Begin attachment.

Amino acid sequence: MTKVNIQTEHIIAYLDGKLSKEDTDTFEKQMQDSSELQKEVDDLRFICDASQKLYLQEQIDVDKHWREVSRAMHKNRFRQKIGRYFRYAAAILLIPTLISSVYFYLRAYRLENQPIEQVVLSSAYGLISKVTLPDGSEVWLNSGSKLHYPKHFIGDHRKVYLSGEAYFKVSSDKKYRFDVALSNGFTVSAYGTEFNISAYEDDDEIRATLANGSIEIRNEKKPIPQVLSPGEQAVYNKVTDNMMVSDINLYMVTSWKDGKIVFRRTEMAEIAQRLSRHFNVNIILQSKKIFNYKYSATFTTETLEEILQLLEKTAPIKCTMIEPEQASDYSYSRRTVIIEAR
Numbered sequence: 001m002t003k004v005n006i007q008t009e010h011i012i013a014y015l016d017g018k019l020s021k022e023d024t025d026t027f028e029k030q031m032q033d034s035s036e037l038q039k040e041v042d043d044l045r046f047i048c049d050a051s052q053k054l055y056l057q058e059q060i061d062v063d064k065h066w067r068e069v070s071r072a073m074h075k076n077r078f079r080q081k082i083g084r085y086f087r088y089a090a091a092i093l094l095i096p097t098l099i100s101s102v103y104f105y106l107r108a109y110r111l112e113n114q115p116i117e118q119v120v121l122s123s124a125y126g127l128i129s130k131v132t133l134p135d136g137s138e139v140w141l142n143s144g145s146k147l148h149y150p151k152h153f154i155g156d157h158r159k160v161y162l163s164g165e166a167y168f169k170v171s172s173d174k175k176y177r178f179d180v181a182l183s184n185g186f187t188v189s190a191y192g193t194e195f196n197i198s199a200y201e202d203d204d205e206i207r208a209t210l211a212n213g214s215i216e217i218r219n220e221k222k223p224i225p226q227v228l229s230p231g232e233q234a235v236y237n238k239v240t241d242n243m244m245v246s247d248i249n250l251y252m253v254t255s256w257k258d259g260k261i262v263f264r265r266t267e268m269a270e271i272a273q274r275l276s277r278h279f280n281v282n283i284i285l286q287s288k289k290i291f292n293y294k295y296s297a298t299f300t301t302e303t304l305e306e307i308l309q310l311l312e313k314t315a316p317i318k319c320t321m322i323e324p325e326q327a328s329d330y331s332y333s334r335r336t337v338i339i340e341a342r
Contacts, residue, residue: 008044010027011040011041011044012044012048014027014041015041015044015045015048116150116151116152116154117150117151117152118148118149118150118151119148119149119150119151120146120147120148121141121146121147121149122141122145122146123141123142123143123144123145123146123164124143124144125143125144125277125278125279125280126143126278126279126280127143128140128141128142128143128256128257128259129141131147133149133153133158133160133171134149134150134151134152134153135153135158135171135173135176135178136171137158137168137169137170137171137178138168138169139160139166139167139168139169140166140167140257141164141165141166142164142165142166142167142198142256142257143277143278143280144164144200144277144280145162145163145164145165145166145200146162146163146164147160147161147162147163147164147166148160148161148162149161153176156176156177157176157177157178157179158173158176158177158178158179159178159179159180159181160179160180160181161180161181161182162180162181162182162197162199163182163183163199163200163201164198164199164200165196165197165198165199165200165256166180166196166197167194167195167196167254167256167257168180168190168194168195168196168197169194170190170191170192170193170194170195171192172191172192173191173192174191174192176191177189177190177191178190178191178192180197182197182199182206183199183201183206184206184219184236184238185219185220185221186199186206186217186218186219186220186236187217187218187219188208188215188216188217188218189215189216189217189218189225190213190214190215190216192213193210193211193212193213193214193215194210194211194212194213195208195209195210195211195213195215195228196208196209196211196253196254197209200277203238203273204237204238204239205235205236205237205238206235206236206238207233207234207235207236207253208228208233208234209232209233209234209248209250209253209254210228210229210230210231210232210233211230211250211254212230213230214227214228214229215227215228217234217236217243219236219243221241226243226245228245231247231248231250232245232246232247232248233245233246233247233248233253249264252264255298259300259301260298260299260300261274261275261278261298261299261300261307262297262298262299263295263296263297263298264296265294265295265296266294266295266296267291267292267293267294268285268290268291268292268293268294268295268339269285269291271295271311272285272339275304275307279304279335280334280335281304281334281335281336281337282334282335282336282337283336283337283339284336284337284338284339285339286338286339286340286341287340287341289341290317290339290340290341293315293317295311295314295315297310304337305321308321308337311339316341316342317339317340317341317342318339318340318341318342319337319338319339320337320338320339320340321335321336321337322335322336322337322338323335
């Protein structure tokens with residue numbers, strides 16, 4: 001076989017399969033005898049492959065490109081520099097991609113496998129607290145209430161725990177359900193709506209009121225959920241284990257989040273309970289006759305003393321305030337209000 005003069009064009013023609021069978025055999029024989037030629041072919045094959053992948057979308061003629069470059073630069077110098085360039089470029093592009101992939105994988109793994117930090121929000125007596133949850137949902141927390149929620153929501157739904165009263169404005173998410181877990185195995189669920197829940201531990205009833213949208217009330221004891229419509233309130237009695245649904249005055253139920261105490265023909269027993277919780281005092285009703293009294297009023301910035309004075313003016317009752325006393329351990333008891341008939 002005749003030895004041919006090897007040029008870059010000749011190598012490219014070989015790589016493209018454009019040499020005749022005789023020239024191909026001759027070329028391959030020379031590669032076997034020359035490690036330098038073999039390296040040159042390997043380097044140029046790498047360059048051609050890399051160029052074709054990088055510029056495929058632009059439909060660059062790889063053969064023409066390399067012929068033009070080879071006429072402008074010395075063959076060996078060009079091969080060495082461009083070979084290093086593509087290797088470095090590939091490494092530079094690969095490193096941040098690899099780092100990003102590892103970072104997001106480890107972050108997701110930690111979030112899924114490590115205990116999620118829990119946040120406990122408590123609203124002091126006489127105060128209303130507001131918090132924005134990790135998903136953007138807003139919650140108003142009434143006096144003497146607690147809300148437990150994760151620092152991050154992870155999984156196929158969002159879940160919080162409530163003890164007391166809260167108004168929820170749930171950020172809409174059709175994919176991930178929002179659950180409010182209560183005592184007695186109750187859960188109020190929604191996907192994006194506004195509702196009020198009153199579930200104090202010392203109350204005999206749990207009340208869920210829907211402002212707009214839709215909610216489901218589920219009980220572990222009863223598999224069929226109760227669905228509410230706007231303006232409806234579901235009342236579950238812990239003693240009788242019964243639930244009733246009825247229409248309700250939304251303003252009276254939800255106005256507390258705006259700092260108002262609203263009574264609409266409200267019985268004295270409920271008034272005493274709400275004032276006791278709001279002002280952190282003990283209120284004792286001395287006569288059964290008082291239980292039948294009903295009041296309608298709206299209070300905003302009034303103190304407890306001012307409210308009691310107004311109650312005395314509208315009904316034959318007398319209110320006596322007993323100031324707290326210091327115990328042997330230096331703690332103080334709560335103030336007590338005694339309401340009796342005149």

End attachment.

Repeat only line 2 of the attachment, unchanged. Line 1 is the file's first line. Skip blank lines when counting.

Numbered sequence: 001m002t003k004v005n006i007q008t009e010h011i012i013a014y015l016d017g018k019l020s021k022e023d024t025d026t027f028e029k030q031m032q033d034s035s036e037l038q039k040e041v042d043d044l045r046f047i048c049d050a051s052q053k054l055y056l057q058e059q060i061d062v063d064k065h066w067r068e069v070s071r072a073m074h075k076n077r078f079r080q081k082i083g084r085y086f087r088y089a090a091a092i093l094l095i096p097t098l099i100s101s102v103y104f105y106l107r108a109y110r111l112e113n114q115p116i117e118q119v120v121l122s123s124a125y126g127l128i129s130k131v132t133l134p135d136g137s138e139v140w141l142n143s144g145s146k147l148h149y150p151k152h153f154i155g156d157h158r159k160v161y162l163s164g165e166a167y168f169k170v171s172s173d174k175k176y177r178f179d180v181a182l183s184n185g186f187t188v189s190a191y192g193t194e195f196n197i198s199a200y201e202d203d204d205e206i207r208a209t210l211a212n213g214s215i216e217i218r219n220e221k222k223p224i225p226q227v228l229s230p231g232e233q234a235v236y237n238k239v240t241d242n243m244m245v246s247d248i249n250l251y252m253v254t255s256w257k258d259g260k261i262v263f264r265r266t267e268m269a270e271i272a273q274r275l276s277r278h279f280n281v282n283i284i285l286q287s288k289k290i291f292n293y294k295y296s297a298t299f300t301t302e303t304l305e306e307i308l309q310l311l312e313k314t315a316p317i318k319c320t321m322i323e324p325e326q327a328s329d330y331s332y333s334r335r336t337v338i339i340e341a342r